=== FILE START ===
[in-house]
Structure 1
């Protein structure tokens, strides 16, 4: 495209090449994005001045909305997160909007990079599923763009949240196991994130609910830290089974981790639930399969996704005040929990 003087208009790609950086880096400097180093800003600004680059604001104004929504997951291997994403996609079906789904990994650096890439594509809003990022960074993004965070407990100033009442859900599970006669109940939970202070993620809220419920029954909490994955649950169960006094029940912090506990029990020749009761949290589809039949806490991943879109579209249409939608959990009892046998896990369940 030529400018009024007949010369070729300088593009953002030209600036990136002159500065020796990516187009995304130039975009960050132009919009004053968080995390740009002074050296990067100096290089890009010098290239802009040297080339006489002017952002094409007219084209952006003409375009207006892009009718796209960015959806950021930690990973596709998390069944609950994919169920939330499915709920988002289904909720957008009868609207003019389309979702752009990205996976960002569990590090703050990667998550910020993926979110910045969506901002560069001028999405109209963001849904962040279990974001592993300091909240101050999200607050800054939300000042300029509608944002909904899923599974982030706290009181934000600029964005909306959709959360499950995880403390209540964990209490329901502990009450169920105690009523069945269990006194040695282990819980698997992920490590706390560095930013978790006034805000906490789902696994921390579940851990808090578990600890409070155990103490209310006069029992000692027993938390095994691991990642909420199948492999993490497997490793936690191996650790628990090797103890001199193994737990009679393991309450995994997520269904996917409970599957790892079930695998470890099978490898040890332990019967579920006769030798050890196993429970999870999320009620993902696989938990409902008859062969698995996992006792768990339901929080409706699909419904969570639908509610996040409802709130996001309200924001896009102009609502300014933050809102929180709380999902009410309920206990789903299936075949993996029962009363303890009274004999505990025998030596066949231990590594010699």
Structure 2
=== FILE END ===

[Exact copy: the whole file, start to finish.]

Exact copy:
[in-house]
Structure 1
């Protein structure tokens, strides 16, 4: 495209090449994005001045909305997160909007990079599923763009949240196991994130609910830290089974981790639930399969996704005040929990 003087208009790609950086880096400097180093800003600004680059604001104004929504997951291997994403996609079906789904990994650096890439594509809003990022960074993004965070407990100033009442859900599970006669109940939970202070993620809220419920029954909490994955649950169960006094029940912090506990029990020749009761949290589809039949806490991943879109579209249409939608959990009892046998896990369940 030529400018009024007949010369070729300088593009953002030209600036990136002159500065020796990516187009995304130039975009960050132009919009004053968080995390740009002074050296990067100096290089890009010098290239802009040297080339006489002017952002094409007219084209952006003409375009207006892009009718796209960015959806950021930690990973596709998390069944609950994919169920939330499915709920988002289904909720957008009868609207003019389309979702752009990205996976960002569990590090703050990667998550910020993926979110910045969506901002560069001028999405109209963001849904962040279990974001592993300091909240101050999200607050800054939300000042300029509608944002909904899923599974982030706290009181934000600029964005909306959709959360499950995880403390209540964990209490329901502990009450169920105690009523069945269990006194040695282990819980698997992920490590706390560095930013978790006034805000906490789902696994921390579940851990808090578990600890409070155990103490209310006069029992000692027993938390095994691991990642909420199948492999993490497997490793936690191996650790628990090797103890001199193994737990009679393991309450995994997520269904996917409970599957790892079930695998470890099978490898040890332990019967579920006769030798050890196993429970999870999320009620993902696989938990409902008859062969698995996992006792768990339901929080409706699909419904969570639908509610996040409802709130996001309200924001896009102009609502300014933050809102929180709380999902009410309920206990789903299936075949993996029962009363303890009274004999505990025998030596066949231990590594010699």
Structure 2